New Ideas to Improve URL Shortening

Ideas to Improve URL Shortening Services

The use of URL shortening services has exploded since the introduction of micro-blogging sites like Twitter and Jaiku. The most popular ones include, and The tight restrictions on the maximum length of a Twitter post has created a surge in demand for these simple services.

The only problem is, they’re nowhere near to reaching their potential.

These services could be so much more useful and interesting. And there are loads of simple ways to improve them. They should be leveraging the unique data they receive and help make the service more interesting to everyone. Additionally, as Aidan Finn rightly points out, they’re not always appropriate either as they remove contextual meaning from the text used in the link. This text is a key navigational tool often used by readers to help them decide if something is worth visiting.

This got me thinking about ways to improve this relatively simple service, so I’ve come up with four straight forward ideas to help add value and make them more useful.

1. Add Statistics

Neither Twitter or Jaiku or any other micro-blogging tool provides any form of analytical statistics for their users. Other than our list of followers, we have no way to see who’s viewing (or cyber stalking) our profiles. By adding simple statistics to one of the popular URL shortening services we could see a) who clicked them, b) how often, c) and from where.

The statistics of the URL’s activity could be made public, or alternatively, simple user accounts could be added to the system to allow users to see and manage all their URL links created from within the service over time.

2. Allow Custom Links

Links generated by the current URL shortening services don’t give any context. The text used in the links give no hint as to the content of the source of the link. It would be nice to have an option to choose the text used in the shortened link rather than have the system generate one for you. Obviously the number of available and meaningful URL’s is limited, but it doesn’t necessarily have to be three characters in length (such as I’d be quote happy with an eight or nine character URL if it gave me some idea about it’s content.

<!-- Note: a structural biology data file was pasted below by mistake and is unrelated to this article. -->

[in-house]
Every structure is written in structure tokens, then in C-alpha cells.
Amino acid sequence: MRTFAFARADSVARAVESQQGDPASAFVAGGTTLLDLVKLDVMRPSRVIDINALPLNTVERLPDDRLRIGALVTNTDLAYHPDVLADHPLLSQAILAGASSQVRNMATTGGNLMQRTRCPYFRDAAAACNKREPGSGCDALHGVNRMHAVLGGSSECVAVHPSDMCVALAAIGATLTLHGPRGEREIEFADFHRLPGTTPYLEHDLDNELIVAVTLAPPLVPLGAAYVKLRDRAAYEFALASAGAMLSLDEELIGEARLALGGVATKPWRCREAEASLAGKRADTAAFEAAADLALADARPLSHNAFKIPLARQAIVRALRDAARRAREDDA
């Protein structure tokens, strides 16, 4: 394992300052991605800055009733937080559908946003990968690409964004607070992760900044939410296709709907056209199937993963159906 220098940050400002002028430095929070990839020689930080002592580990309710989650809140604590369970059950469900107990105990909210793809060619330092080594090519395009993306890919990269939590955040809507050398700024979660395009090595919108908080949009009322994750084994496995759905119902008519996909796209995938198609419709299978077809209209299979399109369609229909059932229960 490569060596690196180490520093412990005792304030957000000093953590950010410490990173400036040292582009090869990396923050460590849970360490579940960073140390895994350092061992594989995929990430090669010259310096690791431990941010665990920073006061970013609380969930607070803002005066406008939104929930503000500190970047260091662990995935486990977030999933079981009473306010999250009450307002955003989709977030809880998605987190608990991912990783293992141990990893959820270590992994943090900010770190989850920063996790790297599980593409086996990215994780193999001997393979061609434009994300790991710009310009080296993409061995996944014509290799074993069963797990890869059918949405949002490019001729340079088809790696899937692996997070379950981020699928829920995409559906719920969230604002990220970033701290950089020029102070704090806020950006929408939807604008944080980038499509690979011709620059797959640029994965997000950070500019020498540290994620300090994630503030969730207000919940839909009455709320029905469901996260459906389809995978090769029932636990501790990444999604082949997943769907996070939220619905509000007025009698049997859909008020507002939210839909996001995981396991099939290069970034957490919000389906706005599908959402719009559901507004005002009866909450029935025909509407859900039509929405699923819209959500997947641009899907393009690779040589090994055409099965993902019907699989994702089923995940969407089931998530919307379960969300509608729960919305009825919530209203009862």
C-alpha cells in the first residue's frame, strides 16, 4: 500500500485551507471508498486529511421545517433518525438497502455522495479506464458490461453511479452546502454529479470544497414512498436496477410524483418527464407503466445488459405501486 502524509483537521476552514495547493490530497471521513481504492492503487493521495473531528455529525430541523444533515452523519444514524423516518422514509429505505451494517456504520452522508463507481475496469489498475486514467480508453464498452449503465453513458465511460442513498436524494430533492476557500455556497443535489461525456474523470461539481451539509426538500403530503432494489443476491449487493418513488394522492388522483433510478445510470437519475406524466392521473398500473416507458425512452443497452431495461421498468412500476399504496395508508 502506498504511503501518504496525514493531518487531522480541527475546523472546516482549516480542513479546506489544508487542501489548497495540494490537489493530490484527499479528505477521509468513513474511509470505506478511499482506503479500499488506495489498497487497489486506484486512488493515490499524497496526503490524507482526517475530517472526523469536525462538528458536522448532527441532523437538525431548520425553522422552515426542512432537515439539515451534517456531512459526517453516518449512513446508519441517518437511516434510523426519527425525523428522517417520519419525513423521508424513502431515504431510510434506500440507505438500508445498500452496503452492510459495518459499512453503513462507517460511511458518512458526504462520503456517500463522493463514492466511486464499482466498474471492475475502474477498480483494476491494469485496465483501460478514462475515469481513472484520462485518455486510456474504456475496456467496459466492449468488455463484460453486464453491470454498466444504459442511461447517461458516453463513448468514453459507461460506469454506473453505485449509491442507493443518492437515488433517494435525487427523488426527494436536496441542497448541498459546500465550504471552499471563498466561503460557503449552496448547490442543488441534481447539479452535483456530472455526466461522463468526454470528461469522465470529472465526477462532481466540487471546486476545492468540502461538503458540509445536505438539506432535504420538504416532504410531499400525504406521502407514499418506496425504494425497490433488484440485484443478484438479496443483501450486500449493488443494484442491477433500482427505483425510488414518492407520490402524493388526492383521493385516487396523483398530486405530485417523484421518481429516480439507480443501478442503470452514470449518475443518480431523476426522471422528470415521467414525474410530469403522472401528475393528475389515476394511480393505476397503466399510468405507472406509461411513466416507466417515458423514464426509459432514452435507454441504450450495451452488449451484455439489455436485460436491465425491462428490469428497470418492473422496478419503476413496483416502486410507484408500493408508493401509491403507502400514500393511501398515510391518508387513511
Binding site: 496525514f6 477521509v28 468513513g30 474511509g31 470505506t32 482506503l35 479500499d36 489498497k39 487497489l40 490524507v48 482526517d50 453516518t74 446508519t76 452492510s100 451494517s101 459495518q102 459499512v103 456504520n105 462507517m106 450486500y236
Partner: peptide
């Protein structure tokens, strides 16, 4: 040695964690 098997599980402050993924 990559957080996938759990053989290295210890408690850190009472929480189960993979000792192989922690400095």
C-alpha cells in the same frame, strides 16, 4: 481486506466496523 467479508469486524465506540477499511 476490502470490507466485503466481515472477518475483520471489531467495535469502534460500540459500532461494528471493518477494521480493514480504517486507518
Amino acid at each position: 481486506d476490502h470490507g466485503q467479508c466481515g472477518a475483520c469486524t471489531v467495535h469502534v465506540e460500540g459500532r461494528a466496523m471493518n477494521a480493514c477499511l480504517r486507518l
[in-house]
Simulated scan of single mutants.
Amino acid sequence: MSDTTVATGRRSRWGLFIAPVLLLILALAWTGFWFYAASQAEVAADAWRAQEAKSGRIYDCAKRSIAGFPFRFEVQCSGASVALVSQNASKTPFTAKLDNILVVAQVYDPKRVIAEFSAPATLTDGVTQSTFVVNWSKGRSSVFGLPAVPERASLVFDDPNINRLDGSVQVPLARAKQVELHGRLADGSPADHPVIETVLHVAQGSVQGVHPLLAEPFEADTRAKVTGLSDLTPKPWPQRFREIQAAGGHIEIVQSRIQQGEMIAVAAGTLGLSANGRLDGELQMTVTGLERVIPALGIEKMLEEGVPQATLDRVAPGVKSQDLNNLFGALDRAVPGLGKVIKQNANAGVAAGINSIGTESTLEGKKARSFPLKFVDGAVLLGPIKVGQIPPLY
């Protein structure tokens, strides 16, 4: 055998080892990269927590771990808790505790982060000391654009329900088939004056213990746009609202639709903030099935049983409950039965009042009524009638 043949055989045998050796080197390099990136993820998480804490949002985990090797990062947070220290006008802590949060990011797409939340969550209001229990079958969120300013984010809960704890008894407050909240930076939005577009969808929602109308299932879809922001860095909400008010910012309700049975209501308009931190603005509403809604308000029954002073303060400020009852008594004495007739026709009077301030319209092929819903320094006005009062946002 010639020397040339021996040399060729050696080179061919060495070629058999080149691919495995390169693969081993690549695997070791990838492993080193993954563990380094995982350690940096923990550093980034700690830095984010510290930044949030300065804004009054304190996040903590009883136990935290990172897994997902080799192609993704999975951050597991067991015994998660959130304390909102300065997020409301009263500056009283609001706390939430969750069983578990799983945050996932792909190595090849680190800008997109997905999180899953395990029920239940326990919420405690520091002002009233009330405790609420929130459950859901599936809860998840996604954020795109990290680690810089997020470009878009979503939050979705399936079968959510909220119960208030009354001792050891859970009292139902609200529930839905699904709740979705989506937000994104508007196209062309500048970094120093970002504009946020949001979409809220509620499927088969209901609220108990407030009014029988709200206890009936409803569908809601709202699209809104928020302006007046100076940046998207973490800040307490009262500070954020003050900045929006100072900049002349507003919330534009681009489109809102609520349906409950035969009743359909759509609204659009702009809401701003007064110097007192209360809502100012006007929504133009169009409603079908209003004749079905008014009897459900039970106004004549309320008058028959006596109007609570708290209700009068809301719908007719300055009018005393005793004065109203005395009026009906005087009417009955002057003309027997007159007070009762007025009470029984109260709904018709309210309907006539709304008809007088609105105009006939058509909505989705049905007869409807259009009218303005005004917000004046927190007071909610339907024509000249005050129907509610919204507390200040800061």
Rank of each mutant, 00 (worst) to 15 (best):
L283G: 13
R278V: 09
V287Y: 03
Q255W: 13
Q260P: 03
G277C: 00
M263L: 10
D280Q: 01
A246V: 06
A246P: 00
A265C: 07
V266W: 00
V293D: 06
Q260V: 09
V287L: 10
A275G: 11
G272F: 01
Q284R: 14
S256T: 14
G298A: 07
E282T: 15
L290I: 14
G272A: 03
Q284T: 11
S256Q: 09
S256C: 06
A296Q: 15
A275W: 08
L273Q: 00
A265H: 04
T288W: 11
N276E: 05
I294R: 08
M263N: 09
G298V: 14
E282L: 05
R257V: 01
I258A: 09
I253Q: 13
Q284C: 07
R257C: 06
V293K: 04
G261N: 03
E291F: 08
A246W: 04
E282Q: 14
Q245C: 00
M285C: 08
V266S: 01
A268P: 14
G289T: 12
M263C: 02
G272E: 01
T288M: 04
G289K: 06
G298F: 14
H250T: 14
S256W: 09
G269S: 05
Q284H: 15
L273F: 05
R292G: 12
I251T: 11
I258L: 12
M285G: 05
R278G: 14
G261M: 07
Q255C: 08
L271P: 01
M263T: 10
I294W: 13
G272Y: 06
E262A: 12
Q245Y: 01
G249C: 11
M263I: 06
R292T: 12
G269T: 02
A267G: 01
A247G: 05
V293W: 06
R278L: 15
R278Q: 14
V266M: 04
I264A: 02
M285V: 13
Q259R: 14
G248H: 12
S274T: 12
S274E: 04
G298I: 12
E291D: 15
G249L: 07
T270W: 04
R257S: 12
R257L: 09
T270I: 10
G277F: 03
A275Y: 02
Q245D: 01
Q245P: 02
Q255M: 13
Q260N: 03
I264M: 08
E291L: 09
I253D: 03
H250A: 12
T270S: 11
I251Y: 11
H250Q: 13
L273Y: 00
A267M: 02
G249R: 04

For example, the shortened URL for this post could be rather then the context free

It’s a small improvement, but something that would make these services a lot more useful.

3. Secure RSS Notifications

Simple statistics could be provided via RSS to centralise and aggregate the activity on the URL. It would be a great way to deliver analytical data. Each URL could have it’s own feed (example: or user’s could have an aggregated feed of all their URL’s (example: These could be rendered private or public, allowing the owner to control who has access to view it’s popularity.

4. Go Social

Perhaps there’s also a social networking angle to this. These URL services could build communities around the people who link to the same resources. It would be a great way to connect readers with similar interests, who otherwise may never find out about each other.

It would also be another way to add authority to links into blogs and other news content, albeit just a small portion of the actual number of links likely to be linking to a particular resource. Normally, authority in blog search engines like Technorati and the new Twingly service rely on pinging services to gather data on the number of links back to a resource, but these only work for blogs and news sites. Whereas the URL shortening services, by their very nature, knows who’s linking to what without the need for complex systems.

Tell Me What You Think

I think these are all simple, interesting concepts that would improve the current URL shortening services, and I’d be keen to hear what anyone else thinks of them. Maybe these are totally useless ideas, but I thought I’d throw them out there. If any of the URL shortening services want to adopt any of these ideas, I’d be delighted if they did. It would make them far more useful, and leverage the data that’s passed through them. If not, I’d be tempted to put together something myself. Shout if you want it.


5 Comments added. Add comment?

  1. Cristine says: have those features that you suggested. Still hoping to improve to it’s perfect… You got a great idea anyway.

    Aug 15, 2008
  2. Iarfhlaith says:

    Thanks Cristine,

    Soon after writing this post I made a few connections with some other developers and we started working on a url shortening service.

    It’s very early days, but there’s a basic service up and running over at

    Lots more in the pipeline. Thanks for your feedback!

    Aug 18, 2008

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